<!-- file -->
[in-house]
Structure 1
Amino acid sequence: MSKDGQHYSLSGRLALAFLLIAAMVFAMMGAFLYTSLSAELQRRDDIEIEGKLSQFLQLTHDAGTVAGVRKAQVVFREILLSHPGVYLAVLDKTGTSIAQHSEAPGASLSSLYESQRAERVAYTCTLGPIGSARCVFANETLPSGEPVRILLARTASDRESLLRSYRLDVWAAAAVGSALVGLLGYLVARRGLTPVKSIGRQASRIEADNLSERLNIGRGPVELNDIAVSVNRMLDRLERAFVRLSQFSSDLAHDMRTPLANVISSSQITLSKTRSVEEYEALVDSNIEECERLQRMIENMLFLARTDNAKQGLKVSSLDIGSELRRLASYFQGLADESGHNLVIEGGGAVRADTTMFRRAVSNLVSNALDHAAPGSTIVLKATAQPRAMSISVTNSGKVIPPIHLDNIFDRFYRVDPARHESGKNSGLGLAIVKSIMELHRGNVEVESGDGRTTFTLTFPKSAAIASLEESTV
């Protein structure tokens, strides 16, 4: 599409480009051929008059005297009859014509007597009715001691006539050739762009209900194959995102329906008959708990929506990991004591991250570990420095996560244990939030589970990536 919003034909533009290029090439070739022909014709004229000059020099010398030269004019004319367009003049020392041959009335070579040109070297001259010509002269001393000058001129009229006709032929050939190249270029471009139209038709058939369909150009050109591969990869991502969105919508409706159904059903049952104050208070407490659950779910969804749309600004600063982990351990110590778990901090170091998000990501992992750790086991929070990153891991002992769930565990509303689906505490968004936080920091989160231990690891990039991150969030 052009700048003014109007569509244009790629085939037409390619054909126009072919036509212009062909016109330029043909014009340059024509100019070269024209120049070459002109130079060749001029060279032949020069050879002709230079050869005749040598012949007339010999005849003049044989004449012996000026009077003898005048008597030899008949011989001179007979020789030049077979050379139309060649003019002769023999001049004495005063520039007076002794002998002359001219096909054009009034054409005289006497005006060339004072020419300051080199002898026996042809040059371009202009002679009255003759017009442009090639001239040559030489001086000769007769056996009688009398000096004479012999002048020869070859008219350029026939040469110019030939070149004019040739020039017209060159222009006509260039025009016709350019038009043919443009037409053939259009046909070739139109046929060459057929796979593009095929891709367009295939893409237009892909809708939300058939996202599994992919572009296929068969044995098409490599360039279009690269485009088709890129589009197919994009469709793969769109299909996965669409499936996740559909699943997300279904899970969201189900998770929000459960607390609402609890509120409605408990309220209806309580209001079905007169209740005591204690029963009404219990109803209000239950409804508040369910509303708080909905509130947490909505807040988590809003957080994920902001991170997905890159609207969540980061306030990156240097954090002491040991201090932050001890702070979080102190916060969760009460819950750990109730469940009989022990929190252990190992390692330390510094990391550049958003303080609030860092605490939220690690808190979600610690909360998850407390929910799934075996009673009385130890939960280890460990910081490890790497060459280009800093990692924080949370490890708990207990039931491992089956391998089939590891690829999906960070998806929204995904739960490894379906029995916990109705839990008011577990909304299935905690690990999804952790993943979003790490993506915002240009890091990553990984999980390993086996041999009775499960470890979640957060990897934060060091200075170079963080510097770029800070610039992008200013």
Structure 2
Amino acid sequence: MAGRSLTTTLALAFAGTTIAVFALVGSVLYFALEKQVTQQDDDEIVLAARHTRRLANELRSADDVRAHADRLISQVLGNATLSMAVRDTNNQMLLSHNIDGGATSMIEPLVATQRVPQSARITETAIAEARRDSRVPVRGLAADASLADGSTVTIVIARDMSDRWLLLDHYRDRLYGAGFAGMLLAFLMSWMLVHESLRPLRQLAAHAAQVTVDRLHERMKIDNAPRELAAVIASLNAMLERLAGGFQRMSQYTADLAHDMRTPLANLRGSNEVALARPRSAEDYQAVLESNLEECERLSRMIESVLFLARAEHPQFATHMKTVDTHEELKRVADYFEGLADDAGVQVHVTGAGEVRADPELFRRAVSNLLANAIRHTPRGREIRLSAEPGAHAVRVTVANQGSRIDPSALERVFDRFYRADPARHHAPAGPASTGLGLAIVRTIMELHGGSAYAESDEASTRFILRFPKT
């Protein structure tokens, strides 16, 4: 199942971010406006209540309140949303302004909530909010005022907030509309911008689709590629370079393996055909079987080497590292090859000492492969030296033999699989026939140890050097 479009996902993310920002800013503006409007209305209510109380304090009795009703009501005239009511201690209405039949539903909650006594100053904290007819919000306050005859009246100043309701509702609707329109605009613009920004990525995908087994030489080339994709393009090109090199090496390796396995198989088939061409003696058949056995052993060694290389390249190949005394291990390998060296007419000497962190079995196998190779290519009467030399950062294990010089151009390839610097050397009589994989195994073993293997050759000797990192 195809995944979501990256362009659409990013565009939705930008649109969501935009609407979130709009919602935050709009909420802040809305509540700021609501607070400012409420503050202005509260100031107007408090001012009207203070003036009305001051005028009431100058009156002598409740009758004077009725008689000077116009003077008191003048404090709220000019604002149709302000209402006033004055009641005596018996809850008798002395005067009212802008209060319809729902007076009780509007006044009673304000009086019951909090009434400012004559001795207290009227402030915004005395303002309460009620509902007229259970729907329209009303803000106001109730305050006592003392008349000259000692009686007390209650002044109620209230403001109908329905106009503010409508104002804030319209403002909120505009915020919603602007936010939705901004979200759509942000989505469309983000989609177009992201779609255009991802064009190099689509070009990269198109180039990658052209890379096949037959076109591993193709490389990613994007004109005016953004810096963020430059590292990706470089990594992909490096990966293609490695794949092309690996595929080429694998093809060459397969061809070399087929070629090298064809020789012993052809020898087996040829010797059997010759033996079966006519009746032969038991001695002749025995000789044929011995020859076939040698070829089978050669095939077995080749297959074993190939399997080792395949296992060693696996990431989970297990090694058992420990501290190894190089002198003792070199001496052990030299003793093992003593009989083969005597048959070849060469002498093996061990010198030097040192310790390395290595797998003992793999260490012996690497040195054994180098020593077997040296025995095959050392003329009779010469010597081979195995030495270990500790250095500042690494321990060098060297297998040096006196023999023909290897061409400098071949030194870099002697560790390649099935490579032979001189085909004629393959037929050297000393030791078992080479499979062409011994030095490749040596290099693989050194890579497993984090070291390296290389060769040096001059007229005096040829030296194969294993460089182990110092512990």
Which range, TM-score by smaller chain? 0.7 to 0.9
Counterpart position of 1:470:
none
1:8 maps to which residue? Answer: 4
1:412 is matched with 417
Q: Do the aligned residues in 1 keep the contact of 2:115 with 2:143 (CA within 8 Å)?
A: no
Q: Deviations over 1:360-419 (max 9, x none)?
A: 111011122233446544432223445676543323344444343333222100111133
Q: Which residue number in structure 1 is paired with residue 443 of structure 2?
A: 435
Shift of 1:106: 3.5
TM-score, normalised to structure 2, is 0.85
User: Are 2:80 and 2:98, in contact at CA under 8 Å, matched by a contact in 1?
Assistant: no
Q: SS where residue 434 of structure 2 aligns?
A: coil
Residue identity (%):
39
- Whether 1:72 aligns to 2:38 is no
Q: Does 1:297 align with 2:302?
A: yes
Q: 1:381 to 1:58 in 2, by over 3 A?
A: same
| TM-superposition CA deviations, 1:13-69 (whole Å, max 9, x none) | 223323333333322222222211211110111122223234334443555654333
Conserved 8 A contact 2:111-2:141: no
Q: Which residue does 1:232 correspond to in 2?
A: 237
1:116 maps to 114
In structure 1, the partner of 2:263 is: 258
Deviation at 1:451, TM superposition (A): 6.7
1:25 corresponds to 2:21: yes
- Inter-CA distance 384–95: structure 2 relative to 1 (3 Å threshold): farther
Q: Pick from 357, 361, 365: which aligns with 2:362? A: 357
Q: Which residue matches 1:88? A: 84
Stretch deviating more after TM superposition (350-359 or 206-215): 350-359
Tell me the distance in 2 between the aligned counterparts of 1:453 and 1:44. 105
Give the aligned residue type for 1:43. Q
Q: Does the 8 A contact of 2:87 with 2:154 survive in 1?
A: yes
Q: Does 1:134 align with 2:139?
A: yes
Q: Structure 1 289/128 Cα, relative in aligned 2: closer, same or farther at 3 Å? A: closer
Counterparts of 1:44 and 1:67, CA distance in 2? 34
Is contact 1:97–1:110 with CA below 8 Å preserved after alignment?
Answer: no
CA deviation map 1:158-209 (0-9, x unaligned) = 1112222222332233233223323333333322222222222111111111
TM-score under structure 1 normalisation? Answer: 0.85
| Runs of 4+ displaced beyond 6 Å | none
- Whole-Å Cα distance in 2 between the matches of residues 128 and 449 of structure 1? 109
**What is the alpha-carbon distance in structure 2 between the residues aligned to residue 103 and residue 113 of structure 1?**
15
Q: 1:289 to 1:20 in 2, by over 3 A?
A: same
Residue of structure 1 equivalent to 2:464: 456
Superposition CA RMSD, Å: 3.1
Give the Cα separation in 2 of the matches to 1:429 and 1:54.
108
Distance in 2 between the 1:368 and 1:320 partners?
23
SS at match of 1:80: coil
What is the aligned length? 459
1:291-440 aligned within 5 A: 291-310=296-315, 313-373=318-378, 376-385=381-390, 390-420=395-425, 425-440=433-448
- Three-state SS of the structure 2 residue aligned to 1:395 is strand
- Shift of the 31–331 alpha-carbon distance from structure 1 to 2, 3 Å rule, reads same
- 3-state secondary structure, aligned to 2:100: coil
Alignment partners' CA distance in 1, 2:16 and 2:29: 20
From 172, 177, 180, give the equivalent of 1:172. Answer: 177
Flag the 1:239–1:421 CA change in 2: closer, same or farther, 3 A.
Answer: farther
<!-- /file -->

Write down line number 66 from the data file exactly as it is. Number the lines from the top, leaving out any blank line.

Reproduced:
Distance in 2 between the 1:368 and 1:320 partners?